Sunday, 24 June 2012

An All-Tube Stereo Level indicator


Add some tube nostalgia to your modern stereo

Every tube loving electronics enthusiast has some tubes in his/her collection that are designed for such specific tasks, that they are very difficult to use for anything else. One of these difficult tubes is the EABC80 (6AK8). They are found in many older tube radios, and contain a triode and three diodes, two of them connected internally to the cathode of the triode. This makes it very hard to use them for anything other than what they were originally designed for.
Another tube that almost everybody has in their collection is the EM84 (6FG6) tuning indicator. Many people agree that these tubes were the eye-catcher of many tube radios. However, today almost no one uses them anymore. Well, things are about to change! With a few hours of work you can bring those nice indicator tubes back into your living room, and as an added bonus the design uses two EABC80 tubes and a tube rectifier.

Schematic diagram


 As you can see in the schematic diagram, the triode section of the EACB80 is used to amplify the incoming audio signal. The internal diodes are then used to create a negative voltage, which is fed to the input of the EM84. The RC combination connected to the grid of the EM84 provides a peak-hold function, and can of course be altered to suit everyone's individual tastes.

Putting it together


Caution! Tube circuits use lethal voltages! Don't say I didn't warn you!

As can be seen in the pictures, i have made a printed circuit board for my level indicator, but the simple nature and low parts count of this design allows many other ways to build it.  Unfortunately I don't have the time to make and send you a copy of this PCB, but for those of you who want to etch the board themselves, here is the layout in PDF format.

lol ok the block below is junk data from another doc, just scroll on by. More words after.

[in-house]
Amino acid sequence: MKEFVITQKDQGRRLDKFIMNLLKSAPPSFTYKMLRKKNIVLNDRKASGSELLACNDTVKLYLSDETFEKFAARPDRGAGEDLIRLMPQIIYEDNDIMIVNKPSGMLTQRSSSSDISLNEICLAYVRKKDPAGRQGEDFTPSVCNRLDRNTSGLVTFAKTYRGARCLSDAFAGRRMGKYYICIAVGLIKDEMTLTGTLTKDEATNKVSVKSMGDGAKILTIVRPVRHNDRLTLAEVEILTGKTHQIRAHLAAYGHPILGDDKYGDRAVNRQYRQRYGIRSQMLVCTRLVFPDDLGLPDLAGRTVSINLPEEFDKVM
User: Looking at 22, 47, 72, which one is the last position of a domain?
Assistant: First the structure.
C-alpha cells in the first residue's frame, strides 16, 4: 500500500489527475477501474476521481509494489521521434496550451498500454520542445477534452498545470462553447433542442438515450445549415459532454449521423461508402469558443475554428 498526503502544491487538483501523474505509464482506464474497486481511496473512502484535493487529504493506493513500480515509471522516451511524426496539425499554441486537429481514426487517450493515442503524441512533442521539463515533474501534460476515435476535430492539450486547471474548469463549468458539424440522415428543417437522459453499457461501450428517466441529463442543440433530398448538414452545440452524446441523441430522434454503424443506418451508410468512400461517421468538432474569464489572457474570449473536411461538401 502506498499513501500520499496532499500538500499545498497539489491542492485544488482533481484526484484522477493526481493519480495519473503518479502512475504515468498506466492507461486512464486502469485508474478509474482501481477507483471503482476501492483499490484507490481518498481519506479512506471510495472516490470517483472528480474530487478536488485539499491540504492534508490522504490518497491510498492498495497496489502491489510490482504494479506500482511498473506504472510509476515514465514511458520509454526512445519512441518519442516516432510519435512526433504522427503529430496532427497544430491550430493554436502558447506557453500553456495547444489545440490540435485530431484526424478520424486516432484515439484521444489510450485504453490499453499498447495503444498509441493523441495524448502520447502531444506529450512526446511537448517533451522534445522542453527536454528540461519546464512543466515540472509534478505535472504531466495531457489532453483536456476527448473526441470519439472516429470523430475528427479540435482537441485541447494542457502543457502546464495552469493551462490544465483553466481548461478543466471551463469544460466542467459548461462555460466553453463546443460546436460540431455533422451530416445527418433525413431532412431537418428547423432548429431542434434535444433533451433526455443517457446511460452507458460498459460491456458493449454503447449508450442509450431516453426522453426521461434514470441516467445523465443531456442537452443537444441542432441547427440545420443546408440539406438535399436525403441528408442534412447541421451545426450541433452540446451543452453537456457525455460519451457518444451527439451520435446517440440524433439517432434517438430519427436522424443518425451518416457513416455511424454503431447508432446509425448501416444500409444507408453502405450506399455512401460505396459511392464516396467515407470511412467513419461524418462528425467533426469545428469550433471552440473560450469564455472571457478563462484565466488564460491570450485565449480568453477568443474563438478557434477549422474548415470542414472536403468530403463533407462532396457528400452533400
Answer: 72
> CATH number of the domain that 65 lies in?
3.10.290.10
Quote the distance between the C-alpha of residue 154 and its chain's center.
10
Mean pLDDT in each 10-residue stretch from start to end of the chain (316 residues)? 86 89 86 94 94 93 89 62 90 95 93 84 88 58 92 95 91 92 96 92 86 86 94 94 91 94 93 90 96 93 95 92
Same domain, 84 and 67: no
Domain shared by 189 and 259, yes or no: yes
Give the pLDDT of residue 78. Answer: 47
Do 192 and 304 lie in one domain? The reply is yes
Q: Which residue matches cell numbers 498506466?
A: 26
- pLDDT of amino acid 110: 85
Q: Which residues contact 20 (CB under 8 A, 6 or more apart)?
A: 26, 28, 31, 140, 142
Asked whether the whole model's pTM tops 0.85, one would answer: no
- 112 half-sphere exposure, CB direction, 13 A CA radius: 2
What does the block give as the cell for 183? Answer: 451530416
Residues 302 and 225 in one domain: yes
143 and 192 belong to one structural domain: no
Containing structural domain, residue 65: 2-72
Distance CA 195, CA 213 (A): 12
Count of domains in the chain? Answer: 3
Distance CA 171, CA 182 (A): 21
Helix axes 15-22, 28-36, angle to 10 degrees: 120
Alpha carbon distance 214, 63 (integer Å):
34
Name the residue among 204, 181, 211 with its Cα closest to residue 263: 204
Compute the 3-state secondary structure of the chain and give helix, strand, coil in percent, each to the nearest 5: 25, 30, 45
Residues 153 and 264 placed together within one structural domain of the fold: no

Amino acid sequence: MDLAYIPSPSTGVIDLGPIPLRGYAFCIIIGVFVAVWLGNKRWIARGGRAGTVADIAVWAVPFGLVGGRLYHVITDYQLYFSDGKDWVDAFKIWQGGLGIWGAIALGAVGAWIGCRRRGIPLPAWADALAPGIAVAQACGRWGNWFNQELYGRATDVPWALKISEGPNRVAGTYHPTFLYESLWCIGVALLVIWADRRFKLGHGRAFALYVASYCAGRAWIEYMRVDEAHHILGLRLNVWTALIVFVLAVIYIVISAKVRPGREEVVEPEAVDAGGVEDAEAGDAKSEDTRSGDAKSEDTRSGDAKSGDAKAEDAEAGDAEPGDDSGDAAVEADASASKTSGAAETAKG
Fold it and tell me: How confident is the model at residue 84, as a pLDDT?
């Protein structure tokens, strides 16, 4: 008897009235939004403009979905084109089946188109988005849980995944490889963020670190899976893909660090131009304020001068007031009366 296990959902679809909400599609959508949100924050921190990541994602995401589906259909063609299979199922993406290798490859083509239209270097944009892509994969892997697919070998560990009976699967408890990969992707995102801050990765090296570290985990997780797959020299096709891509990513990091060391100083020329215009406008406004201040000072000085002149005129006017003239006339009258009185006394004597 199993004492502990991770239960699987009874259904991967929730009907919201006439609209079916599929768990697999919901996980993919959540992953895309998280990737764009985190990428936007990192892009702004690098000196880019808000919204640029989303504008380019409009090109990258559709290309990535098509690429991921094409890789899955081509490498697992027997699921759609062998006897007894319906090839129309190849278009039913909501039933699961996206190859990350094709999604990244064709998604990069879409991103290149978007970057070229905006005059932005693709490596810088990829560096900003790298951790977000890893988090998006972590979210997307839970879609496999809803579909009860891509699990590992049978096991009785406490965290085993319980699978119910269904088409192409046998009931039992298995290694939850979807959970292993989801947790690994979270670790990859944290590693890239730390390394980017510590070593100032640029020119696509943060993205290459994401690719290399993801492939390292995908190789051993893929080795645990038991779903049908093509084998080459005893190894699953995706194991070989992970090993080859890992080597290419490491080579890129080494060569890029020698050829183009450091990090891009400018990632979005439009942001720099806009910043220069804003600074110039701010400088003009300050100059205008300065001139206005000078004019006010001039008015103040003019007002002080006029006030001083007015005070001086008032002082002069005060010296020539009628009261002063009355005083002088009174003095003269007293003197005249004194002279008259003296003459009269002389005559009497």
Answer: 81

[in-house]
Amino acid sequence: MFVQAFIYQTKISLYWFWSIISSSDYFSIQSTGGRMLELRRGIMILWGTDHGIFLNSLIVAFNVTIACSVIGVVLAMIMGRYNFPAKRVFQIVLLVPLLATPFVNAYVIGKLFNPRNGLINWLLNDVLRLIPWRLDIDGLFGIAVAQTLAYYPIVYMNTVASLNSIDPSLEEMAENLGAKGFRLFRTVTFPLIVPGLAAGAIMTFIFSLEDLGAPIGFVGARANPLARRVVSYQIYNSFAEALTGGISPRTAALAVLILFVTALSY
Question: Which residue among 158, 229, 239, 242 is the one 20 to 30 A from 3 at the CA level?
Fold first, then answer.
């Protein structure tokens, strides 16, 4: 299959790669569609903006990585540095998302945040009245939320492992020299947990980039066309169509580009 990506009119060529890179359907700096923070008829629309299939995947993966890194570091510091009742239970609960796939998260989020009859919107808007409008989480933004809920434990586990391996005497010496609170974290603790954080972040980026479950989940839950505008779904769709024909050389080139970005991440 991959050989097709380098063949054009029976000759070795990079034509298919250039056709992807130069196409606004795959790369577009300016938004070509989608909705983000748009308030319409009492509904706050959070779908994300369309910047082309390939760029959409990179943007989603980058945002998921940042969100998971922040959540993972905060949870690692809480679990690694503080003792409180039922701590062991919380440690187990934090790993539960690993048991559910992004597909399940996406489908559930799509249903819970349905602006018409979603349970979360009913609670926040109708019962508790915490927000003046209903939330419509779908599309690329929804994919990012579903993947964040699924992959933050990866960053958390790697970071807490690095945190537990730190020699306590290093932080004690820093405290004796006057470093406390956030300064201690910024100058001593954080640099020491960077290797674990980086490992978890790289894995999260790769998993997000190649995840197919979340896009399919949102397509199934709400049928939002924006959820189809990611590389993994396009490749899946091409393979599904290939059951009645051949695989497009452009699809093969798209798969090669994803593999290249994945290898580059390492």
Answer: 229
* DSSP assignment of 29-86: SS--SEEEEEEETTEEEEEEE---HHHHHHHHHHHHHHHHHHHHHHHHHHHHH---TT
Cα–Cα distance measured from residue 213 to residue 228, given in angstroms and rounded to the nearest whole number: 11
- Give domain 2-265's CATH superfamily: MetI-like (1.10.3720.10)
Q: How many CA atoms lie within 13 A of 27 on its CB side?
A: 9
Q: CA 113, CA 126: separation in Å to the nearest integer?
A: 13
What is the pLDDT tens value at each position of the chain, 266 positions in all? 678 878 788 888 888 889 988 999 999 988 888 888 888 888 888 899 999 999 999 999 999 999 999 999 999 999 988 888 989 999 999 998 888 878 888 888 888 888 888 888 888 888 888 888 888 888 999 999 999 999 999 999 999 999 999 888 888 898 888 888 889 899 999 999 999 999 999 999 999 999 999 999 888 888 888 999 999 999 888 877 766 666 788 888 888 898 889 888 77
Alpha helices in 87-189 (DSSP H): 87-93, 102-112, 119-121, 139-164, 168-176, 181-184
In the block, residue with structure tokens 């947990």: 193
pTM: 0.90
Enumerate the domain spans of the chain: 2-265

The power transformer I used came from an old Philips radio, but almost any transformer can be used, provided it can supply 6.3V @ 2A and about 500VCT @ 10mA. The 10k resistors in the B+ line can be tweaked to get the correct voltage (should be between 250V and 275V DC). The rectifier tube can be an EZ81 (6CA4) but an EZ80 may be even better, because it has the same size as the rest of the tubes.



Usability

Although this stereo level indicator is a great step forward from the usual LED or LCD devices, both in speed and in looks, it is NOT a 100% accurate measuring device. It can be used to compare one recording to another, but lacks the speed and accuracy to provide a reliable clipping detection. But it sure looks cool!
The bandwidth of the device is 20Hz - 100kHz, which is more than enough to ensure an accurate reading for most purposes, and certainly better than most analog meters. However,  as Jukka Tolonen points out in his excellent article on this subject, a 'perfect' peak detector should have an even greater range for adequate peak detection, and should include a full wave rectifier to deal with both negative and positive peaks in the signal. Jukka 's full article can be found here: Peak Reading Level Meter Using Indicator Tubes.
Unfortunately this goal is difficult to achieve with an all-tube design, and would certainly not be a beginners project. Within its limitations however, this level meter gives a fairly accurate view of the incoming audio signal. Adding a full-wave rectifier is of course possible, and could lead to even better results. Solid state diodes are out of the question of course! Besides, that would make things way too easy :-)
A possible idea would be to use EAA91 (6AL5) diodes... if anyone cares to give this a try please let me know!


(Article originally published in VALVE magazine 2/2003)

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